How did the little-known Cape Sable seaside sparrow (Ammodramus maritimus mirabilis), a somewhat drab bird found in the wild only at the southern tip of the Everglades National Park, become the pivot in a raging debate about the role of Endangered species in the protection of wild land?
“The Cape Sable seaside sparrow isn’t nicknamed the ‘Goldilocks bird’ for nothing,” says the Center for Biological Diversity on a website about the species. “In order for this little sparrow to survive, its habitat conditions have to be just right.” That means the sparrow’s lifecycle is intimately tied to fires and water flows in the Everglades, millennia-old cycles that have been severely disrupted by the growing pressure of human population in Florida.
The settlement of millions of people, the intensity of plantations for thirsty crops like sugar, and changes to the climate caused in part by industrial activities have created a need to manage the storage and allocation of water, and with that has come the disruption to the natural cycles of fire and flood to which the Cape Sable seaside sparrow has adapted. The Center for Biological Diversity has taken up the cause of the Cape Sable seaside sparrow as part of its mission “to work through science, law and creative media to secure a future for all species, great or small, hovering on the brink of extinction.” (2015 press release: Lawsuit Launched to Protect Cape Sable Seaside Sparrow)
With possibly only as few as 2,500 Cape Sable seaside sparrows left in half a dozen locations in the Everglades, the bird is extremely vulnerable to hurricanes and heavy flooding (or drought). That makes water management in the Everglades very tricky (Wet South Florida winter puts rare Everglades sparrow in danger). And it can annoy conservationists and developers alike (Cape Sable Sparrow may be headed back to court and (Saving the Cape Sable Seaside Sparrow and Restoring Everglades Balance Is Possible After All).
The Cape Sable seaside sparrow was “discovered” only a century ago (1918), in the salt marshes of Cape Sable, the south-eastern tip of the Everglades. It was among the first species to be listed when the Endangered Species Act took effect in 1973. That gave them official protection against anyone that would harm them or their habitat.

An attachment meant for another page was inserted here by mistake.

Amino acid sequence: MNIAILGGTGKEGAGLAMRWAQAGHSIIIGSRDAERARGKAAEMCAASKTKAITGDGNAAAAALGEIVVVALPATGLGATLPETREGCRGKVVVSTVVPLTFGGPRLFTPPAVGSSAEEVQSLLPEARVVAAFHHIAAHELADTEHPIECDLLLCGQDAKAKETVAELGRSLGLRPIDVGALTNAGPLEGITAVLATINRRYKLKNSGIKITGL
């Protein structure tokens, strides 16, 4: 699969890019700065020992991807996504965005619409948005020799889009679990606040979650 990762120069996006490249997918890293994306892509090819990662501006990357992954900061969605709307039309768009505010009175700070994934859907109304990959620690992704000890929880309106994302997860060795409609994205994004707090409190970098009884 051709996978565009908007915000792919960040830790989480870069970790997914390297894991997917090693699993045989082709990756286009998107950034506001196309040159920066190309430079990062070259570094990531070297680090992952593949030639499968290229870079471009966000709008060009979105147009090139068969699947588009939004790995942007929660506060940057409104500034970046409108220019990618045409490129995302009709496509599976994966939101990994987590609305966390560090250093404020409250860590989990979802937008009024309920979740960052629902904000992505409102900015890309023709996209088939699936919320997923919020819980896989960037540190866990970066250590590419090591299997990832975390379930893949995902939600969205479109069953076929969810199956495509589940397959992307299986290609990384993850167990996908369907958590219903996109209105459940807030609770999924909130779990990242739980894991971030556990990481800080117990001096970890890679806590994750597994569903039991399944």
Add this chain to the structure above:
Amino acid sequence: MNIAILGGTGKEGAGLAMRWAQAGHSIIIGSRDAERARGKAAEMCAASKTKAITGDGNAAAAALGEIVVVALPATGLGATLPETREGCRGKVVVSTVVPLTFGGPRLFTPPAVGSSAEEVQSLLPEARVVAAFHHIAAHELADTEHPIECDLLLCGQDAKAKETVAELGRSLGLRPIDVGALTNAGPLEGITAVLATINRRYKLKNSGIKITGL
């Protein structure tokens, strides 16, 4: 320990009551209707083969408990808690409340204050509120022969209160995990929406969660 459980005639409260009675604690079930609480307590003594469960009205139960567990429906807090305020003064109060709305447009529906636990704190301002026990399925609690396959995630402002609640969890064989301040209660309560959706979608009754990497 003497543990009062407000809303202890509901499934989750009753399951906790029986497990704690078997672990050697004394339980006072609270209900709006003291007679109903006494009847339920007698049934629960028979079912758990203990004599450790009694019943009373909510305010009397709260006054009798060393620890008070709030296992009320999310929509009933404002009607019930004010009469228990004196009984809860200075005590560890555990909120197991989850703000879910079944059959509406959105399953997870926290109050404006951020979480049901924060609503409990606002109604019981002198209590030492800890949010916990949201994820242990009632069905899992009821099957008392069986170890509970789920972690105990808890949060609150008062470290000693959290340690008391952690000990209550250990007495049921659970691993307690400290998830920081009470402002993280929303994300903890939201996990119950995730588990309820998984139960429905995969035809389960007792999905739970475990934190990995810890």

The listing has been an ongoing point of frustration and even anger on the part of farmers, anglers, industry and developers, who argue that their water needs (storage and release) should take priority over a few birds no one knows or cares about. But conservationists argue that the sparrow is a keystone species that protects the entire Everglades ecosystem. Protect the Cape Sable seaside sparrow and you protect a vast habitat teeming with thousands of other species.
Scientists want to work with federal and state agencies to devise solutions that work for both civilization and nature. The long-term survival of the Cape Sable seaside sparrow in the Everglades would be evidence that such a compromise is possible.
“My colleagues and I feel very strongly that an organization like the Army Corps ought not to be driving a species to extinction in the middle of one of our national parks,” says Stuart Pimm of Duke University, and a world leader in the study of present day extinctions and what can be done to prevent them (Environmentalists Say too Much Water in Everglades National Park Jeopardizes Endangered Sparrow). Pimm is a former member of the National Geographic Committee for Research and Exploration and a current member of the Society’s Big Cats Initiative. He has long studied and advocated for the Cape Sable seaside sparrow.
The National Geographic Photo Ark is a multi-year project to photograph all species in captivity. The Cape Sable seaside sparrow is one of them. To learn more about the Photo Ark, visit natgeophotoark.org,